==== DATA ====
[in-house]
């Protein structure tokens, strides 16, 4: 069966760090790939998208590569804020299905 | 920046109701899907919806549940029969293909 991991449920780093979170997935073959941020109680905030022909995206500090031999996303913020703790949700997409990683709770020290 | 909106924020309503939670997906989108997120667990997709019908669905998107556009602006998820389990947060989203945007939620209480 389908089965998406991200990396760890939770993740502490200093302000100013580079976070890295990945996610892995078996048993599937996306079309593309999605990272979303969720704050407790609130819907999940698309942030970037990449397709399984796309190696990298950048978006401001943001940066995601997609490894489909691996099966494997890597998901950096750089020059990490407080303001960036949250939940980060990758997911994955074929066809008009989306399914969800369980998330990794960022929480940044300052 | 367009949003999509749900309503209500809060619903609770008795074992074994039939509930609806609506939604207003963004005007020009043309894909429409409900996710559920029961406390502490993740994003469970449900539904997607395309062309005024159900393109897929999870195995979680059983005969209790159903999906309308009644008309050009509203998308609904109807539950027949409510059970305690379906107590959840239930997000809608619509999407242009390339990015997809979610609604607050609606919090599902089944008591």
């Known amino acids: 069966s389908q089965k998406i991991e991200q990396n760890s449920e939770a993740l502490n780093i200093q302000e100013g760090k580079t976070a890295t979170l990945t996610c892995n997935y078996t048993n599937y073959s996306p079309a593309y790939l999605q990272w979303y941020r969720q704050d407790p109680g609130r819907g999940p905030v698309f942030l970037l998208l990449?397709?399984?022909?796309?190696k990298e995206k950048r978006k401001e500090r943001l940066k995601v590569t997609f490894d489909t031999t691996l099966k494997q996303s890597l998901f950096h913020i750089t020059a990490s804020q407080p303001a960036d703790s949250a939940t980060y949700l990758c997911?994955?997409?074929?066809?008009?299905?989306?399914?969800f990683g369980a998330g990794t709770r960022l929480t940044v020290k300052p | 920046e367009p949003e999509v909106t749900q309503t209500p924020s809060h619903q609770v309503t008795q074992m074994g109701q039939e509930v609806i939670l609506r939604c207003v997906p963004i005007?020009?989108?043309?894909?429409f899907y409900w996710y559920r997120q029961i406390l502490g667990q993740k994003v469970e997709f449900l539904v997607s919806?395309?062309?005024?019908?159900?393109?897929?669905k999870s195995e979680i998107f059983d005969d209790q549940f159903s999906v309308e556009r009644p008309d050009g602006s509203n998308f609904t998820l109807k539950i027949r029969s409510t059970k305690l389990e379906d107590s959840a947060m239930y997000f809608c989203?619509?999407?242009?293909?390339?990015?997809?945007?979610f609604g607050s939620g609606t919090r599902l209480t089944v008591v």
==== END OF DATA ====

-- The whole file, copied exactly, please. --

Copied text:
[in-house]
């Protein structure tokens, strides 16, 4: 069966760090790939998208590569804020299905 | 920046109701899907919806549940029969293909 991991449920780093979170997935073959941020109680905030022909995206500090031999996303913020703790949700997409990683709770020290 | 909106924020309503939670997906989108997120667990997709019908669905998107556009602006998820389990947060989203945007939620209480 389908089965998406991200990396760890939770993740502490200093302000100013580079976070890295990945996610892995078996048993599937996306079309593309999605990272979303969720704050407790609130819907999940698309942030970037990449397709399984796309190696990298950048978006401001943001940066995601997609490894489909691996099966494997890597998901950096750089020059990490407080303001960036949250939940980060990758997911994955074929066809008009989306399914969800369980998330990794960022929480940044300052 | 367009949003999509749900309503209500809060619903609770008795074992074994039939509930609806609506939604207003963004005007020009043309894909429409409900996710559920029961406390502490993740994003469970449900539904997607395309062309005024159900393109897929999870195995979680059983005969209790159903999906309308009644008309050009509203998308609904109807539950027949409510059970305690379906107590959840239930997000809608619509999407242009390339990015997809979610609604607050609606919090599902089944008591």
């Known amino acids: 069966s389908q089965k998406i991991e991200q990396n760890s449920e939770a993740l502490n780093i200093q302000e100013g760090k580079t976070a890295t979170l990945t996610c892995n997935y078996t048993n599937y073959s996306p079309a593309y790939l999605q990272w979303y941020r969720q704050d407790p109680g609130r819907g999940p905030v698309f942030l970037l998208l990449?397709?399984?022909?796309?190696k990298e995206k950048r978006k401001e500090r943001l940066k995601v590569t997609f490894d489909t031999t691996l099966k494997q996303s890597l998901f950096h913020i750089t020059a990490s804020q407080p303001a960036d703790s949250a939940t980060y949700l990758c997911?994955?997409?074929?066809?008009?299905?989306?399914?969800f990683g369980a998330g990794t709770r960022l929480t940044v020290k300052p | 920046e367009p949003e999509v909106t749900q309503t209500p924020s809060h619903q609770v309503t008795q074992m074994g109701q039939e509930v609806i939670l609506r939604c207003v997906p963004i005007?020009?989108?043309?894909?429409f899907y409900w996710y559920r997120q029961i406390l502490g667990q993740k994003v469970e997709f449900l539904v997607s919806?395309?062309?005024?019908?159900?393109?897929?669905k999870s195995e979680i998107f059983d005969d209790q549940f159903s999906v309308e556009r009644p008309d050009g602006s509203n998308f609904t998820l109807k539950i027949r029969s409510t059970k305690l389990e379906d107590s959840a947060m239930y997000f809608c989203?619509?999407?242009?293909?390339?990015?997809?945007?979610f609604g607050s939620g609606t919090r599902l209480t089944v008591v």